Robin Givhan is a journalist and the fashion editor for the Washington Post. Givhan first joined the Post in 1995 and, after a short recess of 4 years, from 2010 and 2014, she joined the paper again to become one of the best well known fashion journalists in the industry.
Her work has been recognized multiple times and, in 2006, she won the Pulitzer Prize for Criticism, the first time the award was given to a fashion writer. The Pulitzer Committee cited Givhan’s “witty, closely observed essays that transform fashion criticism into cultural criticism.”
Robin Givhan was born in Detroit, September 11, 1964. She graduated from Princeton University in 1986, and holds a master’s degree in journalism from the University of Michigan, Ann Arbor.
In 1988, she began her career in journalism at the Detroit Free Press, where she was a general assignment entertainment writer. As the newest member of a section dominated by experienced critics, she was left to carve out her own niche: nightlife. She documented the rise of the techno music industry in Detroit.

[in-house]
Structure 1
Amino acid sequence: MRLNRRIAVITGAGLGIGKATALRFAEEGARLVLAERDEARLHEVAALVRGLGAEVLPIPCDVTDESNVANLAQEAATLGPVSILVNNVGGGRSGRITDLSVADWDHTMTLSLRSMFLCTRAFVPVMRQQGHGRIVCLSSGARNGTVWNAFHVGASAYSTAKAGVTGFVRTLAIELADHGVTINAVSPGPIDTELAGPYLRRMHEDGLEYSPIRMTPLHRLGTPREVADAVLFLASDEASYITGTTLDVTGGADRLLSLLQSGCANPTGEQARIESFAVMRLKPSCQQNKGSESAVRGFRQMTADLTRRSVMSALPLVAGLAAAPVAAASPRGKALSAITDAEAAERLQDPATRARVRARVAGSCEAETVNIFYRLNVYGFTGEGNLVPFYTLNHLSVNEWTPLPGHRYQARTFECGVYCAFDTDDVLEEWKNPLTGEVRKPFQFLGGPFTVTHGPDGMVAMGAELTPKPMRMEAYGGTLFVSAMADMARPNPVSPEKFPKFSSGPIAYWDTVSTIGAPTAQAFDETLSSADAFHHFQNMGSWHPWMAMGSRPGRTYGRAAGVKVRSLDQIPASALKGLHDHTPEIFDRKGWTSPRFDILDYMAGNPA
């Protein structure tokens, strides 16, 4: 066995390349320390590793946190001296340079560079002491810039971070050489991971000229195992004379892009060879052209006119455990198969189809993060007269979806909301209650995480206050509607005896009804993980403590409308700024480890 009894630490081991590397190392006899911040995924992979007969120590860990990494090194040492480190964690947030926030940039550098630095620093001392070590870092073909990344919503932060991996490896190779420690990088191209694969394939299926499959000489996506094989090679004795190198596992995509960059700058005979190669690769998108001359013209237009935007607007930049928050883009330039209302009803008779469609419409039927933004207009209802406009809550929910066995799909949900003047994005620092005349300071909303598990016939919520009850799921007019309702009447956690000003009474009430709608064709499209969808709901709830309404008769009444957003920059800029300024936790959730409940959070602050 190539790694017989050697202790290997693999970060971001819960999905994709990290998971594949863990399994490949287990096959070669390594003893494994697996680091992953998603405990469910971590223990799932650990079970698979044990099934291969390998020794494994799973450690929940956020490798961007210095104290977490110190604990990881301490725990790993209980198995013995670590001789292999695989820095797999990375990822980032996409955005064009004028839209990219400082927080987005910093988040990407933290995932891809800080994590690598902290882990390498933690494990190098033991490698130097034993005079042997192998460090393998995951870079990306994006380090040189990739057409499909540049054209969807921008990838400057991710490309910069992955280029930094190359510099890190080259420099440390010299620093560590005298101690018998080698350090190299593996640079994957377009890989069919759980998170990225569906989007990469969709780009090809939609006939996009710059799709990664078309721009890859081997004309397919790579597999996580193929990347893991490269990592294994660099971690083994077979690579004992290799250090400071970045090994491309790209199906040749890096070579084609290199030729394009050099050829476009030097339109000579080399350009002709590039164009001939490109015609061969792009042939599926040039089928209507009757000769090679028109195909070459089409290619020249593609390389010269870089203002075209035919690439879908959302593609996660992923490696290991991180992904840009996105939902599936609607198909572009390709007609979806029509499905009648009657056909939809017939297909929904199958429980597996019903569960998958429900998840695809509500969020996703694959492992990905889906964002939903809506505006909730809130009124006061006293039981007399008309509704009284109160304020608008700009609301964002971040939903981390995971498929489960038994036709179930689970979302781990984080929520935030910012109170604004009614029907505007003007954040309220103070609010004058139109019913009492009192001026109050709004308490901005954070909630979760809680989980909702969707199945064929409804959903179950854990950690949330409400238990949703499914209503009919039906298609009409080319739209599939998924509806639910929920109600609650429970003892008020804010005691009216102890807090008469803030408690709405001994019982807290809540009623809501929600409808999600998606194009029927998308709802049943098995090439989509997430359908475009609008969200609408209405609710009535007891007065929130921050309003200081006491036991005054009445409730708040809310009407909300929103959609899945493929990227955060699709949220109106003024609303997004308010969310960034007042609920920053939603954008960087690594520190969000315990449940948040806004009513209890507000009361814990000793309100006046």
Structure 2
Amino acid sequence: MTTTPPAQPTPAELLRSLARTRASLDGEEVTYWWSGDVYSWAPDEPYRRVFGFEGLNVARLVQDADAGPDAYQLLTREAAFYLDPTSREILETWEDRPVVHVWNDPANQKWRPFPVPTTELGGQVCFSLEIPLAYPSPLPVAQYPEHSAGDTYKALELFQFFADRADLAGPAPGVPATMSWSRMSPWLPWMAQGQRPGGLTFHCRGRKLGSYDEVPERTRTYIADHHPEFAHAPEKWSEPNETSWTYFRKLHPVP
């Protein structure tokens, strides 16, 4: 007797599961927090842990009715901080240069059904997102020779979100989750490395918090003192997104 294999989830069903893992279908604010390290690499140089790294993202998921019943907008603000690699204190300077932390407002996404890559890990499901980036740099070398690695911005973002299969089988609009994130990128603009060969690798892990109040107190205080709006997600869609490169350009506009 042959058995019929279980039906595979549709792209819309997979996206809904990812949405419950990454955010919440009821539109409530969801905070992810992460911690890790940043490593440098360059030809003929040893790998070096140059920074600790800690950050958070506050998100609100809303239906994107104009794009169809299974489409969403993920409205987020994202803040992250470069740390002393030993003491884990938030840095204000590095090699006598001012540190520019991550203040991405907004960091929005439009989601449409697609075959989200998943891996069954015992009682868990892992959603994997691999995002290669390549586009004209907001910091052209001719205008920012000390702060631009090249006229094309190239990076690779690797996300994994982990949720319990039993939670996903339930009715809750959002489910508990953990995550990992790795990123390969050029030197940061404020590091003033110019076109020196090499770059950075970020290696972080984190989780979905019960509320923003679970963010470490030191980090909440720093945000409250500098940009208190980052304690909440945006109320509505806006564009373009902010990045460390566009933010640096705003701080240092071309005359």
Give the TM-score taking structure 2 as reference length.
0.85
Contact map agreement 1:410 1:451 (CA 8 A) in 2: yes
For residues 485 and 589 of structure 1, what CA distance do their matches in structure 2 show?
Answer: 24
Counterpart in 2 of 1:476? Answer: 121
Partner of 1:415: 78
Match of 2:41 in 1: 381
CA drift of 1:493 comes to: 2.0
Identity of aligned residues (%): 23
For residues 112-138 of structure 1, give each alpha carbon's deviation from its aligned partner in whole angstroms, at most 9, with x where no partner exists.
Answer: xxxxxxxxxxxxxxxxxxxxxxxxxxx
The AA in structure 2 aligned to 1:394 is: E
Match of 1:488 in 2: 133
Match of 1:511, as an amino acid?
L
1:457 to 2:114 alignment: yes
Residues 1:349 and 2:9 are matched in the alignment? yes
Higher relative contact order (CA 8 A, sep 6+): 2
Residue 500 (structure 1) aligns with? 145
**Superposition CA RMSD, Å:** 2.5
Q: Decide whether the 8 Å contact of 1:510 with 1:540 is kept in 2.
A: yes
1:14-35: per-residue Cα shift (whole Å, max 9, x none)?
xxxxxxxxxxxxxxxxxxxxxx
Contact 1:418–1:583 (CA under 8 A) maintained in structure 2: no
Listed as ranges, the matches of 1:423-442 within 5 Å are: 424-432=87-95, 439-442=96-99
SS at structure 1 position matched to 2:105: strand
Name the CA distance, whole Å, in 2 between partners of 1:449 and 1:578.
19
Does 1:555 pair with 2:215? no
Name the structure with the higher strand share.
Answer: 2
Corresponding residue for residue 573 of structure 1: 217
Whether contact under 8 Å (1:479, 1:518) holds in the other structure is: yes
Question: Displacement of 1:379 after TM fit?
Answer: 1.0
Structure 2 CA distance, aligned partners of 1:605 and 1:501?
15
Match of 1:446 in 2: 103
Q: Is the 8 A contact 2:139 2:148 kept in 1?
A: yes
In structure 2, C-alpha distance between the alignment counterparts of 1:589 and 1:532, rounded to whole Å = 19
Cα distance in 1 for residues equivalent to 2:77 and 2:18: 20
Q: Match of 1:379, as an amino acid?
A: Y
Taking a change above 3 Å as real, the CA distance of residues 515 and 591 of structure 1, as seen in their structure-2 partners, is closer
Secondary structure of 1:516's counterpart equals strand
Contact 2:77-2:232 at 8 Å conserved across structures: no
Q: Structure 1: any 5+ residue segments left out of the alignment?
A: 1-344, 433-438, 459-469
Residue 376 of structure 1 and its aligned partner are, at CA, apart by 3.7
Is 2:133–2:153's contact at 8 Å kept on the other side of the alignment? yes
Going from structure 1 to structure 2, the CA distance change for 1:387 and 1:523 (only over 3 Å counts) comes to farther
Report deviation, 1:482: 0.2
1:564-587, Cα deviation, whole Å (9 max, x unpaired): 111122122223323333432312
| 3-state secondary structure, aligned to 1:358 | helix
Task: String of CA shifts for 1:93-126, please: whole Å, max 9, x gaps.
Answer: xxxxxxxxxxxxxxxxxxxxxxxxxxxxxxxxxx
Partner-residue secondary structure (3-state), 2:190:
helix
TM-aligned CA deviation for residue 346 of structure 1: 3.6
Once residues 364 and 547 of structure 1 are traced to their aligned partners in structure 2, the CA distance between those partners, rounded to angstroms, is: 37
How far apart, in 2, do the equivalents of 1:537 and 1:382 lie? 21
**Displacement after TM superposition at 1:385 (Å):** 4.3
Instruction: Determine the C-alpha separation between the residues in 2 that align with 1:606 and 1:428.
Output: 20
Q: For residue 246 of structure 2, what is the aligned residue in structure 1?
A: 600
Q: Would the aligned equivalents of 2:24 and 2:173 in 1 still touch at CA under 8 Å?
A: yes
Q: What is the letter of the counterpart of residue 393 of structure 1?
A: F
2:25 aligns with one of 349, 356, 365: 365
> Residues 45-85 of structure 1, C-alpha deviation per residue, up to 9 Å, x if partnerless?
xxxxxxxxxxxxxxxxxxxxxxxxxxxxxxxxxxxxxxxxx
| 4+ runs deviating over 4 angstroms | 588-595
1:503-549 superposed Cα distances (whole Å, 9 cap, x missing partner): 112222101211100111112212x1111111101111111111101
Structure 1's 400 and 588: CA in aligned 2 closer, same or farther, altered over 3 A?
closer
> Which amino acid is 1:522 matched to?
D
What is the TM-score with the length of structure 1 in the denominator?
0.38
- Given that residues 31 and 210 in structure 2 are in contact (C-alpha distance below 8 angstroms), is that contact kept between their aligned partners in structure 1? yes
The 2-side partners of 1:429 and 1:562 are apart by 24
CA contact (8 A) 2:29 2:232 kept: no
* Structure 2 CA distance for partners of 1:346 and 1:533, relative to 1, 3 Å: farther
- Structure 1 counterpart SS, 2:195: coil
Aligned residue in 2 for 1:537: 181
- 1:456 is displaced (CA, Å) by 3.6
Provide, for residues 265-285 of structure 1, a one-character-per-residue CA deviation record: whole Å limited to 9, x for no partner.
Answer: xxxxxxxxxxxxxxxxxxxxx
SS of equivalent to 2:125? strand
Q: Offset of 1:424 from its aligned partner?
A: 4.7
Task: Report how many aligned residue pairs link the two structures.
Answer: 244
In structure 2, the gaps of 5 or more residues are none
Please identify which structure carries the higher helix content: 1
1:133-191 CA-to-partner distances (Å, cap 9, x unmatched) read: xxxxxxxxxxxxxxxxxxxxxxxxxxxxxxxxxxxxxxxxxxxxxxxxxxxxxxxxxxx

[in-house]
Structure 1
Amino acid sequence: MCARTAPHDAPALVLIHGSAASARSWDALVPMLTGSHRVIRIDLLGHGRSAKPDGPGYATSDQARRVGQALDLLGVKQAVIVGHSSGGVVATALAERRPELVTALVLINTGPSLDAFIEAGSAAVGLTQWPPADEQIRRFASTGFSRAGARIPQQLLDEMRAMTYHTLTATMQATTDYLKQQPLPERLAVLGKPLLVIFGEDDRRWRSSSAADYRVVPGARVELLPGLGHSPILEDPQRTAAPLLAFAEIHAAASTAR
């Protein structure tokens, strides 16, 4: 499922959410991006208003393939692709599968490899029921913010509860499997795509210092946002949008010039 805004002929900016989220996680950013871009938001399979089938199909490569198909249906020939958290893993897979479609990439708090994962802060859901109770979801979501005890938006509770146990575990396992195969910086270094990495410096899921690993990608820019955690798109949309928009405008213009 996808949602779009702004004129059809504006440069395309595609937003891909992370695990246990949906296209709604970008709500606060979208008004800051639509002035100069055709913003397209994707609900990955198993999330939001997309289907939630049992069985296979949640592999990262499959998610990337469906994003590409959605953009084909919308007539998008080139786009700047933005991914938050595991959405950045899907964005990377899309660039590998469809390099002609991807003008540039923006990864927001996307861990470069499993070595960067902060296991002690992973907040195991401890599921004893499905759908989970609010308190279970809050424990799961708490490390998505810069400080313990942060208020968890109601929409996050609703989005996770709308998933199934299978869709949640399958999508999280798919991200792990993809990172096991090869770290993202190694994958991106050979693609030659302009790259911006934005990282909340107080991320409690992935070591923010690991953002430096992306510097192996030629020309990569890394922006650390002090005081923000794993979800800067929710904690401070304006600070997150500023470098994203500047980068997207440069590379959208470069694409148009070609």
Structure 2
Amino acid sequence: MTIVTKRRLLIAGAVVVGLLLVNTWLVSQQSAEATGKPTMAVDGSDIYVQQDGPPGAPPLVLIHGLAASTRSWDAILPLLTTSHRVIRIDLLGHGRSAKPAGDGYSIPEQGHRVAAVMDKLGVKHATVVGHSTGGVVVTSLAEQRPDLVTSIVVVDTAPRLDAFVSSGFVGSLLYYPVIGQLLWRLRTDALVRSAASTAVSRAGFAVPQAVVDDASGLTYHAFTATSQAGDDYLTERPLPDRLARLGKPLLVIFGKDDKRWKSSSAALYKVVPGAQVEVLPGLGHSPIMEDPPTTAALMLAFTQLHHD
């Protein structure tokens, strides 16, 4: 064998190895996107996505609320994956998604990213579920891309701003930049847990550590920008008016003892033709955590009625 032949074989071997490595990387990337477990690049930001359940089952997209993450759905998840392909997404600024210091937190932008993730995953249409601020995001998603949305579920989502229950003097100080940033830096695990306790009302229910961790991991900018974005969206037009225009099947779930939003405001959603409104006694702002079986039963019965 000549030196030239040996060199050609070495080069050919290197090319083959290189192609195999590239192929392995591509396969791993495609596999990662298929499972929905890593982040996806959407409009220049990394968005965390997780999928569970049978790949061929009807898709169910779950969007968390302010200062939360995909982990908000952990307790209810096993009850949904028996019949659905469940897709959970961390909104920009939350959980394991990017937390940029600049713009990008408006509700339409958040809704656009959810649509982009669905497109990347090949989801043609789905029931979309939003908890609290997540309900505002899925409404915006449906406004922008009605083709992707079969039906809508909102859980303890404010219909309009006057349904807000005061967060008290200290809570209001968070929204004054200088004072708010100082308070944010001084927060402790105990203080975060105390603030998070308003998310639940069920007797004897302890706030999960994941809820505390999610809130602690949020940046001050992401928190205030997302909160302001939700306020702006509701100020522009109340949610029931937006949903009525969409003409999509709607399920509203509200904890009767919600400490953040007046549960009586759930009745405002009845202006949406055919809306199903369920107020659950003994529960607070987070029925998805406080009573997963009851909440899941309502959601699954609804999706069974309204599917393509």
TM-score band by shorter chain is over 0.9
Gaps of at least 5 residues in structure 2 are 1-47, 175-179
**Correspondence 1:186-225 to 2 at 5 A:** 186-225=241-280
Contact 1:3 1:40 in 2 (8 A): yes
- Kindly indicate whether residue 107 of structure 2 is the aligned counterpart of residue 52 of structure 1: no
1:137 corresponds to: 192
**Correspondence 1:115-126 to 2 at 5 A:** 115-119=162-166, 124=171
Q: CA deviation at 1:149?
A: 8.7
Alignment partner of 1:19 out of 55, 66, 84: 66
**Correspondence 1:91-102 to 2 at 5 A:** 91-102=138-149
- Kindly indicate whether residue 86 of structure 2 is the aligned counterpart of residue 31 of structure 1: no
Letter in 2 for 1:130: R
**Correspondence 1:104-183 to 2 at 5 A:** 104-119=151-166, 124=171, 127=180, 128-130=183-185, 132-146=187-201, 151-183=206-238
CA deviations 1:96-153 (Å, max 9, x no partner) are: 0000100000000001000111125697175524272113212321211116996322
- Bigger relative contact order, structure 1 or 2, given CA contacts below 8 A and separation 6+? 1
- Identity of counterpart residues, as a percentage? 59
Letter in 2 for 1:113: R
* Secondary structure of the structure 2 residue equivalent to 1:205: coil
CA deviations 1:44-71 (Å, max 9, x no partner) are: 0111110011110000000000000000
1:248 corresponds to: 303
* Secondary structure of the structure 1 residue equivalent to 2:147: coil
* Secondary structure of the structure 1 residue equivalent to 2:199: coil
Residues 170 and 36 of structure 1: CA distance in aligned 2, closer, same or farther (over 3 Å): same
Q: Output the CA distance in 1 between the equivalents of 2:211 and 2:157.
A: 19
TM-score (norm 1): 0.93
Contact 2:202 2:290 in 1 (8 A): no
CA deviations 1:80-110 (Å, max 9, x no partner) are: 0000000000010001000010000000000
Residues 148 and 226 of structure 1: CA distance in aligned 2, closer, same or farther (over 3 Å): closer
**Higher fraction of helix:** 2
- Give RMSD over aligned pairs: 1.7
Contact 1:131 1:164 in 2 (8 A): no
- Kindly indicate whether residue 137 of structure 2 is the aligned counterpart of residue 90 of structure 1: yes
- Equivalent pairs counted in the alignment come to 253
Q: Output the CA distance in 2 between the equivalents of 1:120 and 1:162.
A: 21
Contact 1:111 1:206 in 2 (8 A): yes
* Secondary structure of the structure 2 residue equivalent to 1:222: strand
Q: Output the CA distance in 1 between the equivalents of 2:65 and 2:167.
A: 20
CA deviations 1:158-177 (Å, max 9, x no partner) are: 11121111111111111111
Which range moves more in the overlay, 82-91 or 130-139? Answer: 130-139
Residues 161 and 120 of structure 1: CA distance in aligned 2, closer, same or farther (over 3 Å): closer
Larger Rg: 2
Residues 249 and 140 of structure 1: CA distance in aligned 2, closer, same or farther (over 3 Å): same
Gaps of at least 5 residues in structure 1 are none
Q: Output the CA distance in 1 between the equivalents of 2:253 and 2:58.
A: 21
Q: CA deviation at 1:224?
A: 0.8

She left Detroit for a brief stint as a feature writer at the San Francisco Chronicle, where among other topics she wrote about a local radio talk show host who successfully counseled teenagers in crisis over the airwaves.
She returned to Detroit as fashion editor in the early 1990s and moved to the Washington Post in 1995.
Since that time, she has been the fashion editor of the Washington Post where she covers the news, trends and business of the international fashion industry. Her work is distinguished by the way in which it examines fashion through the lens of popular culture, politics and social anthropology.
In 2009, she began covering Michelle Obama and the cultural and social shifts stirred by the first African American family in the White House.
Her work has also appeared in Harper’s Bazaar, American Vogue, British Vogue, Marie Claire, Essence and the New Yorker. She has contributed to several books including “Runway Madness,” “No Sweat: Fashion, Free Trade and the Rights of Garment Workers” and “Thirty Ways of Looking at Hillary: Reflections by Women Writers.”
She lives and works in Washington, DC.
She has received numerous awards including several from the American Association of Sunday and Feature Editors. In 2007, she received the Eugenia Sheppard award for journlism from the Council of Fashion Designers of America. And in 2006, she won the Pulitzer Prize in criticism for her fashion coverage.